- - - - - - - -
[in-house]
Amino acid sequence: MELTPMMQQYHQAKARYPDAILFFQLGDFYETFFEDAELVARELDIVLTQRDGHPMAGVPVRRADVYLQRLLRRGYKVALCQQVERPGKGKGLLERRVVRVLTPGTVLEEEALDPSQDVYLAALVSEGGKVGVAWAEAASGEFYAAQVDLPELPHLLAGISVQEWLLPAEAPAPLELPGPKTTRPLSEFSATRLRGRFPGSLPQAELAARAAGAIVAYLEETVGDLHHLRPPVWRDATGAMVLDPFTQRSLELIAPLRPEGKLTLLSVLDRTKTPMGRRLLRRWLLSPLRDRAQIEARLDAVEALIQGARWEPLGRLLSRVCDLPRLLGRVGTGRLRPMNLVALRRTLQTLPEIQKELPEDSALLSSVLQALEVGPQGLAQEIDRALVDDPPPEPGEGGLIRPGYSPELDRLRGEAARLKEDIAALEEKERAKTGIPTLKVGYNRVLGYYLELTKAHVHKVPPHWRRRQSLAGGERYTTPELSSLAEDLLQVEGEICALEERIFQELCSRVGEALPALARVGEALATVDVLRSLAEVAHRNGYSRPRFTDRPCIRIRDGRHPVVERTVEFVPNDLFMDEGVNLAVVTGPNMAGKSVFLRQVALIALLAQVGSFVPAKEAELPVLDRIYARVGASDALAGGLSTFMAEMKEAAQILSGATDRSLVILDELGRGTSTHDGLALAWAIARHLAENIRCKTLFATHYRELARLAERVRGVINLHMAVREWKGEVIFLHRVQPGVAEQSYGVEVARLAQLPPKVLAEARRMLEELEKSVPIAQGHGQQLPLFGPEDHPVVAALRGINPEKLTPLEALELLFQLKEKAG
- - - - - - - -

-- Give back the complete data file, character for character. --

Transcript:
[in-house]
Amino acid sequence: MELTPMMQQYHQAKARYPDAILFFQLGDFYETFFEDAELVARELDIVLTQRDGHPMAGVPVRRADVYLQRLLRRGYKVALCQQVERPGKGKGLLERRVVRVLTPGTVLEEEALDPSQDVYLAALVSEGGKVGVAWAEAASGEFYAAQVDLPELPHLLAGISVQEWLLPAEAPAPLELPGPKTTRPLSEFSATRLRGRFPGSLPQAELAARAAGAIVAYLEETVGDLHHLRPPVWRDATGAMVLDPFTQRSLELIAPLRPEGKLTLLSVLDRTKTPMGRRLLRRWLLSPLRDRAQIEARLDAVEALIQGARWEPLGRLLSRVCDLPRLLGRVGTGRLRPMNLVALRRTLQTLPEIQKELPEDSALLSSVLQALEVGPQGLAQEIDRALVDDPPPEPGEGGLIRPGYSPELDRLRGEAARLKEDIAALEEKERAKTGIPTLKVGYNRVLGYYLELTKAHVHKVPPHWRRRQSLAGGERYTTPELSSLAEDLLQVEGEICALEERIFQELCSRVGEALPALARVGEALATVDVLRSLAEVAHRNGYSRPRFTDRPCIRIRDGRHPVVERTVEFVPNDLFMDEGVNLAVVTGPNMAGKSVFLRQVALIALLAQVGSFVPAKEAELPVLDRIYARVGASDALAGGLSTFMAEMKEAAQILSGATDRSLVILDELGRGTSTHDGLALAWAIARHLAENIRCKTLFATHYRELARLAERVRGVINLHMAVREWKGEVIFLHRVQPGVAEQSYGVEVARLAQLPPKVLAEARRMLEELEKSVPIAQGHGQQLPLFGPEDHPVVAALRGINPEKLTPLEALELLFQLKEKAG